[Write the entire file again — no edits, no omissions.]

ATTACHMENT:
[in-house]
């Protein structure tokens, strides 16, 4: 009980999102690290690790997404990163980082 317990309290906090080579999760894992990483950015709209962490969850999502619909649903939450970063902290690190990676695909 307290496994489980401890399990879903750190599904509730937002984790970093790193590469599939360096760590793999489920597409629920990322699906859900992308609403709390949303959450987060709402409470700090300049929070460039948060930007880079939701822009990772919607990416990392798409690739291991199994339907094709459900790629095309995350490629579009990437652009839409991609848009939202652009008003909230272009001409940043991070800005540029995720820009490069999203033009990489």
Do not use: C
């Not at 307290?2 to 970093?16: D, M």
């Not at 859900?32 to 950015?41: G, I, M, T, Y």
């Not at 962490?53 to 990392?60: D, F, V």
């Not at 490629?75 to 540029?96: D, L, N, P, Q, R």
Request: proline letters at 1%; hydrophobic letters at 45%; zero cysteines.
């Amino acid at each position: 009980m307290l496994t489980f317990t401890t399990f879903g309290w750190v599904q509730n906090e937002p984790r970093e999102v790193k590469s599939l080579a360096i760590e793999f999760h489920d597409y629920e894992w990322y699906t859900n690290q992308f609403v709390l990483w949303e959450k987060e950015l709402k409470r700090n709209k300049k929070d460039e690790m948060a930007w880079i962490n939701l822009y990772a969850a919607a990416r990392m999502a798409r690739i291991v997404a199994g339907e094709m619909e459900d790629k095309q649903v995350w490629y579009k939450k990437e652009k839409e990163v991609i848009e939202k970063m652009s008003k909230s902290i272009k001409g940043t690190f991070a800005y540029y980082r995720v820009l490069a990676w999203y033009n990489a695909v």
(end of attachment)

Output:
[in-house]
């Protein structure tokens, strides 16, 4: 009980999102690290690790997404990163980082 317990309290906090080579999760894992990483950015709209962490969850999502619909649903939450970063902290690190990676695909 307290496994489980401890399990879903750190599904509730937002984790970093790193590469599939360096760590793999489920597409629920990322699906859900992308609403709390949303959450987060709402409470700090300049929070460039948060930007880079939701822009990772919607990416990392798409690739291991199994339907094709459900790629095309995350490629579009990437652009839409991609848009939202652009008003909230272009001409940043991070800005540029995720820009490069999203033009990489």
Do not use: C
């Not at 307290?2 to 970093?16: D, M």
């Not at 859900?32 to 950015?41: G, I, M, T, Y």
């Not at 962490?53 to 990392?60: D, F, V």
């Not at 490629?75 to 540029?96: D, L, N, P, Q, R």
Request: proline letters at 1%; hydrophobic letters at 45%; zero cysteines.
């Amino acid at each position: 009980m307290l496994t489980f317990t401890t399990f879903g309290w750190v599904q509730n906090e937002p984790r970093e999102v790193k590469s599939l080579a360096i760590e793999f999760h489920d597409y629920e894992w990322y699906t859900n690290q992308f609403v709390l990483w949303e959450k987060e950015l709402k409470r700090n709209k300049k929070d460039e690790m948060a930007w880079i962490n939701l822009y990772a969850a919607a990416r990392m999502a798409r690739i291991v997404a199994g339907e094709m619909e459900d790629k095309q649903v995350w490629y579009k939450k990437e652009k839409e990163v991609i848009e939202k970063m652009s008003k909230s902290i272009k001409g940043t690190f991070a800005y540029y980082r995720v820009l490069a990676w999203y033009n990489a695909v």